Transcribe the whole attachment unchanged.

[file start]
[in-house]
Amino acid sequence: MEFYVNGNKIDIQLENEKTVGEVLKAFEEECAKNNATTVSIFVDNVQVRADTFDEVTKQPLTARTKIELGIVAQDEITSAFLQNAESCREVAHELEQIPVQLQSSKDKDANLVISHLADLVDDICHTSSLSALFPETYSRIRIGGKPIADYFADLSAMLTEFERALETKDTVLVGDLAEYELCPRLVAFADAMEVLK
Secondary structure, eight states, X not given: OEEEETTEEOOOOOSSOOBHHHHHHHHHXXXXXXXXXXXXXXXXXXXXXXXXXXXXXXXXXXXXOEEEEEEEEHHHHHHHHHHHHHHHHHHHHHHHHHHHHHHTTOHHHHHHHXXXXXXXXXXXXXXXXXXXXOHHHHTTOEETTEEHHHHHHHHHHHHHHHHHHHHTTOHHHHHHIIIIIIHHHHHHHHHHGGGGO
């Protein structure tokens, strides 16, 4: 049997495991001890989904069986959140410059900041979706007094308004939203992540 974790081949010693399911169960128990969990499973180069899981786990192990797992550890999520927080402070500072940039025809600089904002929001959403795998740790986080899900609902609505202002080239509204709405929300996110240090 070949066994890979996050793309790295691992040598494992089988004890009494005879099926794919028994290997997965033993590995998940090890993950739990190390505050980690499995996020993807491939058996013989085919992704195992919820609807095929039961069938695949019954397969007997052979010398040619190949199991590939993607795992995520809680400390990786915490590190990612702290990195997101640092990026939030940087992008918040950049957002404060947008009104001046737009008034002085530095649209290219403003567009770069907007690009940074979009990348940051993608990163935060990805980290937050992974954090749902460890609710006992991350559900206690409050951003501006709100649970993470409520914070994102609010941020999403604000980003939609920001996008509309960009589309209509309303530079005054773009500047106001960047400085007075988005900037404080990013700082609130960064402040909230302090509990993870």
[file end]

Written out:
[in-house]
Amino acid sequence: MEFYVNGNKIDIQLENEKTVGEVLKAFEEECAKNNATTVSIFVDNVQVRADTFDEVTKQPLTARTKIELGIVAQDEITSAFLQNAESCREVAHELEQIPVQLQSSKDKDANLVISHLADLVDDICHTSSLSALFPETYSRIRIGGKPIADYFADLSAMLTEFERALETKDTVLVGDLAEYELCPRLVAFADAMEVLK
Secondary structure, eight states, X not given: OEEEETTEEOOOOOSSOOBHHHHHHHHHXXXXXXXXXXXXXXXXXXXXXXXXXXXXXXXXXXXXOEEEEEEEEHHHHHHHHHHHHHHHHHHHHHHHHHHHHHHTTOHHHHHHHXXXXXXXXXXXXXXXXXXXXOHHHHTTOEETTEEHHHHHHHHHHHHHHHHHHHHTTOHHHHHHIIIIIIHHHHHHHHHHGGGGO
């Protein structure tokens, strides 16, 4: 049997495991001890989904069986959140410059900041979706007094308004939203992540 974790081949010693399911169960128990969990499973180069899981786990192990797992550890999520927080402070500072940039025809600089904002929001959403795998740790986080899900609902609505202002080239509204709405929300996110240090 070949066994890979996050793309790295691992040598494992089988004890009494005879099926794919028994290997997965033993590995998940090890993950739990190390505050980690499995996020993807491939058996013989085919992704195992919820609807095929039961069938695949019954397969007997052979010398040619190949199991590939993607795992995520809680400390990786915490590190990612702290990195997101640092990026939030940087992008918040950049957002404060947008009104001046737009008034002085530095649209290219403003567009770069907007690009940074979009990348940051993608990163935060990805980290937050992974954090749902460890609710006992991350559900206690409050951003501006709100649970993470409520914070994102609010941020999403604000980003939609920001996008509309960009589309209509309303530079005054773009500047106001960047400085007075988005900037404080990013700082609130960064402040909230302090509990993870």